Rum is made from either sugar, jaggery or molasses and the quality of the rum and its properties decrease in that sequence. Note that when Ayurveda mentions “sugar”, it’s not the white refined sugar we know. Sweet rum tastes sweet just because those brands add refined sugar to the final output (which otherwise contains no sugar)!  Generally this family of alcohol is good for the heart, but “not the kind of alcohol you would want to get drunk with”. Wines & liquors made from sugarcane juice are known as sidhu. It aids in digestion, improves voice, clears the complexion, acts as anti inflammatory, helps in abdominal disorders & piles & is effective in weight reduction. Again, this is highly recommended for kapha types.
Madvasava is a rum made from honey. It is a good drink if you are constipated, experiencing painful cramps, or running a cold and cold. There is mention of alcoholic drinks made from various grains (including kanji made from rice), fruits, roots, flowers, stems, leaves and barks. My heart raced at the mention of barley based alcoholic drinks in the fifth chapter of Ashtanga Hrudayam. The largest beer brands use barley. Whiskey made from malted barley reminded me of my walks in Scotland that took me to some of the iconic distilleries there. My joy was short lived though. The texts warn us not to have alcohol made from barley. It is one of those rare drinks that is not good for all the three doshas. These beers & whiskeys cause chronic constipation, which leads to severe ailments if not treated in time. Fortunately, there’s a gluten free movement going on and you can search for “gluten free” versions of your drink. Be warned though, humans can’t create food, so be even more careful of what you are drinking.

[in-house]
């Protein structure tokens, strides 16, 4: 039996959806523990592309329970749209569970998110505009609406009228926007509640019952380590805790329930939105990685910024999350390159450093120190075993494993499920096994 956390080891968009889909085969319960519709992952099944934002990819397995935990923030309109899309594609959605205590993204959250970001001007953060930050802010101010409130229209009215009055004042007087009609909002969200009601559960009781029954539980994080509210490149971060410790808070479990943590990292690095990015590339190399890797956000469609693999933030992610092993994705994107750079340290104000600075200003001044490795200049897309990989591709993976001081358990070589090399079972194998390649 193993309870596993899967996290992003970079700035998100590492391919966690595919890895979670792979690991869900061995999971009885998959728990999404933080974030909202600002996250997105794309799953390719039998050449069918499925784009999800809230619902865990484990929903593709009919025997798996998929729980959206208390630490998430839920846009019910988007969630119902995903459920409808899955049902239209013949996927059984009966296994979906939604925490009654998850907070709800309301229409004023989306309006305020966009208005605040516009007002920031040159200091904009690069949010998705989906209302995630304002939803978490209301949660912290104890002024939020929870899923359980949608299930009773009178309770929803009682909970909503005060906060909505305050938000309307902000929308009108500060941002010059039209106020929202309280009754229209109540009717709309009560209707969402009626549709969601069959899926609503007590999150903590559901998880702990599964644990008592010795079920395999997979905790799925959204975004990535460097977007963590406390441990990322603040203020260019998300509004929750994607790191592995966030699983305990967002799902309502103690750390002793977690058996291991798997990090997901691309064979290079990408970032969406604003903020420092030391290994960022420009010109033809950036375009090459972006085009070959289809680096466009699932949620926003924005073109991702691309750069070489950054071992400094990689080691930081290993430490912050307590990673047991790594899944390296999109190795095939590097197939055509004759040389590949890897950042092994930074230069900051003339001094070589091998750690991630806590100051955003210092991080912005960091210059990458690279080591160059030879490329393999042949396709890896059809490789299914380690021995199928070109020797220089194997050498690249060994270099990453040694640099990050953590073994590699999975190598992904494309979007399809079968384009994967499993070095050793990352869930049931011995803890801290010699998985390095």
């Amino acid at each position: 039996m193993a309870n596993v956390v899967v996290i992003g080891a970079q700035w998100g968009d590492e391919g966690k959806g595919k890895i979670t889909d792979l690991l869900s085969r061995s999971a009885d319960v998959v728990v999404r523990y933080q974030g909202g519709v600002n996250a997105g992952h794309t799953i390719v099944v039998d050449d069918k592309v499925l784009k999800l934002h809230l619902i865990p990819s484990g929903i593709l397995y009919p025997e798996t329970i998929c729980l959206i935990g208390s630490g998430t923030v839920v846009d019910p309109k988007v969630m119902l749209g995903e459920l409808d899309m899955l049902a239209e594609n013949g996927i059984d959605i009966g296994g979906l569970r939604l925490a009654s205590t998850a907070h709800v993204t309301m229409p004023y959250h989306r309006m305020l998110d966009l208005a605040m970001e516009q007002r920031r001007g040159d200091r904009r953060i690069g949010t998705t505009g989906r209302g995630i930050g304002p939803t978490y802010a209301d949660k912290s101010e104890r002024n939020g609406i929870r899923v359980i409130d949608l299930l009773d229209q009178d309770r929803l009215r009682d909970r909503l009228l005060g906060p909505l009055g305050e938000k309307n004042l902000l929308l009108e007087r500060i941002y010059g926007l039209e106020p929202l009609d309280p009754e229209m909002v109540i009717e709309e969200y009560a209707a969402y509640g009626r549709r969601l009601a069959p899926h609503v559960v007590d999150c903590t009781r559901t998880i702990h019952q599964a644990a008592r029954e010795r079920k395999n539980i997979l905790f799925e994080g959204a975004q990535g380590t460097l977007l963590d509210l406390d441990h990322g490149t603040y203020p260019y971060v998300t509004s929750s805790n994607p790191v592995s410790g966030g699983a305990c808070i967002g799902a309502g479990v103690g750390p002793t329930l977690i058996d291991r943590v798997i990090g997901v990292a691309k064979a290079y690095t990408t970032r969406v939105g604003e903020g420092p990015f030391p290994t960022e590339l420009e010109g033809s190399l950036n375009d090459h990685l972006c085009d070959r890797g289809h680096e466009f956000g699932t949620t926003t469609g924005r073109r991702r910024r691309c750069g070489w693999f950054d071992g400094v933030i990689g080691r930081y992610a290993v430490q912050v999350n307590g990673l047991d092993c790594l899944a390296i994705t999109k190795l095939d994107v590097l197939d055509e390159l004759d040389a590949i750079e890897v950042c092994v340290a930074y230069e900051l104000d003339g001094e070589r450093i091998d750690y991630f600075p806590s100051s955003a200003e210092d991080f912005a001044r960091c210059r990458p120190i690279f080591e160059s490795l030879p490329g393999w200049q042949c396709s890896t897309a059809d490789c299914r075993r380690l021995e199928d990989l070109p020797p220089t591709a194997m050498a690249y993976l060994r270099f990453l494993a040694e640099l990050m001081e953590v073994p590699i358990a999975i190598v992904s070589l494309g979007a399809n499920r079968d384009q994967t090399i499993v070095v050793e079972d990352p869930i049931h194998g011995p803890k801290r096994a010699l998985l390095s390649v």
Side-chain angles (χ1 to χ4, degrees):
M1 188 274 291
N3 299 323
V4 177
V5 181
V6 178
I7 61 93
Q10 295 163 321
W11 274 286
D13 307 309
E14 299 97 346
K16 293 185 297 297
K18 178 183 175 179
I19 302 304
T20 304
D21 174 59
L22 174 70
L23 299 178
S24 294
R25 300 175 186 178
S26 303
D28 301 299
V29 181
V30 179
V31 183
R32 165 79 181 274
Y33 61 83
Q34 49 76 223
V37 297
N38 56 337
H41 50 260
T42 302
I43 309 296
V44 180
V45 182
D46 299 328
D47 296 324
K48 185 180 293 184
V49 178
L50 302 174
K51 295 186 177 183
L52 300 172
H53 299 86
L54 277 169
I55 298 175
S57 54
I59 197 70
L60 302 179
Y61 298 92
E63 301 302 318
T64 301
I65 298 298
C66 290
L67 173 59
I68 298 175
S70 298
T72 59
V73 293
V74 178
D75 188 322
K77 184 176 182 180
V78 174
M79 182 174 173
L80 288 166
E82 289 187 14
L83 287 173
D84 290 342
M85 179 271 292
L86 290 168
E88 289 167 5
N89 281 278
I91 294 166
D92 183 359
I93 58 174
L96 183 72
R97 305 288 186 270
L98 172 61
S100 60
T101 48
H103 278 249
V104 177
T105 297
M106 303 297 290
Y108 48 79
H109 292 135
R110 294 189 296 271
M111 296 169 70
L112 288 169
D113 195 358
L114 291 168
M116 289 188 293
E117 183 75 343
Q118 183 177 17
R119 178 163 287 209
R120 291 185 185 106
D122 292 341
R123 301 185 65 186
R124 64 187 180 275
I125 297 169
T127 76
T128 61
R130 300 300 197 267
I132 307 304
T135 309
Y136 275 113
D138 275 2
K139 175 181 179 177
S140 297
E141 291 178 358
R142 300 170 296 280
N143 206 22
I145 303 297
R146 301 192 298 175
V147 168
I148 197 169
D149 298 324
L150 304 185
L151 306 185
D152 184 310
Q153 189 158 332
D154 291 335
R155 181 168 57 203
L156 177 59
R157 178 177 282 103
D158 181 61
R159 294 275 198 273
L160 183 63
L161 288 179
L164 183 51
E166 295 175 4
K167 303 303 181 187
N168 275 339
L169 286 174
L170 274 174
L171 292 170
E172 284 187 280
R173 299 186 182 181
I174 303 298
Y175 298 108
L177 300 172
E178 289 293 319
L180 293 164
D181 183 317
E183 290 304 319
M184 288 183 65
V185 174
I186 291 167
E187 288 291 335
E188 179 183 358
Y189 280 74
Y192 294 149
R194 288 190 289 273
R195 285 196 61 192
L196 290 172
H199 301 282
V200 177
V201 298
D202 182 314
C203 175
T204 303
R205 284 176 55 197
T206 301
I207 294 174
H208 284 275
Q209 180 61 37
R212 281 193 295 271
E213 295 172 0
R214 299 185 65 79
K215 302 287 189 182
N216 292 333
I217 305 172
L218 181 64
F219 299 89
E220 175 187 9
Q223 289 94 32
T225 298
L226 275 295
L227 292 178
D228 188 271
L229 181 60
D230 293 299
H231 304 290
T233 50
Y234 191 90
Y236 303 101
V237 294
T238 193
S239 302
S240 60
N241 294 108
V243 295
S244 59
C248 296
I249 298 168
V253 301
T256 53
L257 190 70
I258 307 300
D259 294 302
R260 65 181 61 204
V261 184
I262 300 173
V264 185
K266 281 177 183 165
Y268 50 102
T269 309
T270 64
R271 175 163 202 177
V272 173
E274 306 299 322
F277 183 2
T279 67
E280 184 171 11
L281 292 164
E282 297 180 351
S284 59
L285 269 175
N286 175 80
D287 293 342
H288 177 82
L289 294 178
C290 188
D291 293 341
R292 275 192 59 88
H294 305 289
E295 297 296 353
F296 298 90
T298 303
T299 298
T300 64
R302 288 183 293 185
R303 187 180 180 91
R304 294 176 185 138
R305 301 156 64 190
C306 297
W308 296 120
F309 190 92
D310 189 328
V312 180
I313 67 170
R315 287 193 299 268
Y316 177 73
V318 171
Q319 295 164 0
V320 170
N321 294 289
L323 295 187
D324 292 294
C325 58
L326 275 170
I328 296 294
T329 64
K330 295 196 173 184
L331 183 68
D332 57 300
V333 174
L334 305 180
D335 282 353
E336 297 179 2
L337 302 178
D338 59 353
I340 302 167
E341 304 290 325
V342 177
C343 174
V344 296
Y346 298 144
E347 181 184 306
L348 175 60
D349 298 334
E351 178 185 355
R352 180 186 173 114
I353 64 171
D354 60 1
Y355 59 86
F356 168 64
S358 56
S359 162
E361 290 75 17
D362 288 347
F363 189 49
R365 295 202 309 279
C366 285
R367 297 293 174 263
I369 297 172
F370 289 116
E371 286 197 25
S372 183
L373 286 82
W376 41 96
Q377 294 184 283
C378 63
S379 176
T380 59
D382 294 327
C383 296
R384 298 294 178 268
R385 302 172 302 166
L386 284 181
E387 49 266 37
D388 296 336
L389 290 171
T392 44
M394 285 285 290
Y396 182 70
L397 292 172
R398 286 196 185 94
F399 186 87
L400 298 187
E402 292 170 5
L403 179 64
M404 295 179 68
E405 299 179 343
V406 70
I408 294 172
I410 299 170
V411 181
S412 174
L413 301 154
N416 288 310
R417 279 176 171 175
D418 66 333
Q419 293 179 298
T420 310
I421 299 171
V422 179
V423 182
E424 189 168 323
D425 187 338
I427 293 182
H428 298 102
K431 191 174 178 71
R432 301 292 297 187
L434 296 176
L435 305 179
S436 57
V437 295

If you drink vodka, find out what your favorite brand is made from, because vodka can be made from literally anything. Modern drinks like tequila (17th century) or made from plants not native to India do not find a mention in Ayurvedic texts. Just as you should eat local, you should also drink local.
Alcohol has long been used in medicinal preparations, whether it’s allopathy, homeopathy or ayurveda. This is common knowledge, hence the term “dava daru”. States in India that have declared alcohol prohibition follow a particular pattern. Demand for ganja & cough syrup skyrockets. If these are banned , the enlightened shift to ayurvedic medicines. There are two main types, asvava & arishta (depending on how they are fermented) & both have “no added alcohol”, They are fast acting when compared to other forms of the same composition. There are records of alcoholics consuming almost a litre of these ayurvedic medicines in a day. We now know that it causes complete liver failure in a just a couple of years. It’s best to keep your dava & daru separate!
India needs to reinvent its past spirits and not try to ape the west in their drinking habits. Raw materials like punarnava and baheda have long been forgotten as a source of alcohol (although they are commonly used as medicines for everything from diabetes to cancer). Till then, choose the right poison and drink responsibly. You have heard that term before, but how much is responsible drinking? “Depends” is a cliché answer, but factually correct. Pitta doshas should drink the least, vata can drink a little more & kapha types are given the most leeway. If you still want a ballpark, based on what Sushruta prescribes in terms of arishtas, I would say 4 tolas, which is about 45 ml. To be categorized as legally drunk, the Blood Alcohol Content (BAC) is set at 0.03% per 100ml blood in India. That works out to roughly 60 ml . Sushruta was definitely stricter than present laws!